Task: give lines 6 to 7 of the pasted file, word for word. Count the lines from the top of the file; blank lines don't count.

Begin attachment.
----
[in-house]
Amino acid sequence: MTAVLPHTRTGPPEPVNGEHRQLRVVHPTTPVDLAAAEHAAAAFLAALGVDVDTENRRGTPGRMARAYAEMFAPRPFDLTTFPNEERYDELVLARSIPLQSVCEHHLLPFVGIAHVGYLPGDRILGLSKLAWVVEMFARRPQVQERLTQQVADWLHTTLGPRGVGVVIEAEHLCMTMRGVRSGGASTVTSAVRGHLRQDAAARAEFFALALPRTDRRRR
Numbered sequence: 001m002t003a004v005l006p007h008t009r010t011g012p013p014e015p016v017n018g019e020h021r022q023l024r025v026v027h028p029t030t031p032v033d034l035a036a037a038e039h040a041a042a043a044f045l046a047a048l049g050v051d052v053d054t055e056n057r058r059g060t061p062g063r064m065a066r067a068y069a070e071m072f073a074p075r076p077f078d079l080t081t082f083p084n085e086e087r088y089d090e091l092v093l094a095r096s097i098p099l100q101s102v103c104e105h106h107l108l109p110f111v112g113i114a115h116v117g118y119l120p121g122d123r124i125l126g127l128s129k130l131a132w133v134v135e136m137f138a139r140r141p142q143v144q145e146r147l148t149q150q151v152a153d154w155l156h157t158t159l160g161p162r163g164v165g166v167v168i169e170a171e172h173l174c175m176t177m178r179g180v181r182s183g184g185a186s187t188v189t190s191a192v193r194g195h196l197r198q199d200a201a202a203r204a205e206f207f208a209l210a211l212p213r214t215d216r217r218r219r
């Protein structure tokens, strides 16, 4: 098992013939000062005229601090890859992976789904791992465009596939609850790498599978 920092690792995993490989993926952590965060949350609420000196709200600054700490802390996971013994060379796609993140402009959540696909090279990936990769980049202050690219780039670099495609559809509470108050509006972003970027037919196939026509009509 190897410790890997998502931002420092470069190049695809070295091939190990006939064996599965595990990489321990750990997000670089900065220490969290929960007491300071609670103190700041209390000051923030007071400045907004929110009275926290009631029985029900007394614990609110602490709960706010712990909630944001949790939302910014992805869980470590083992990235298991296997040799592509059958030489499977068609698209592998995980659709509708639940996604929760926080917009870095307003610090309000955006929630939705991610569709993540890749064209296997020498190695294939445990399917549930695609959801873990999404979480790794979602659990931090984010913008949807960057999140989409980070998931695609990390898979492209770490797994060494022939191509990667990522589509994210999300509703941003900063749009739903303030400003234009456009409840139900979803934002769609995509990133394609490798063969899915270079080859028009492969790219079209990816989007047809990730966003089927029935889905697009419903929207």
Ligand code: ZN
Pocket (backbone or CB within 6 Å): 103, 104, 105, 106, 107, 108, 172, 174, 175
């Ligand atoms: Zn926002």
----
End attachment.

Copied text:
Pocket (backbone or CB within 6 Å): 103, 104, 105, 106, 107, 108, 172, 174, 175
């Ligand atoms: Zn926002």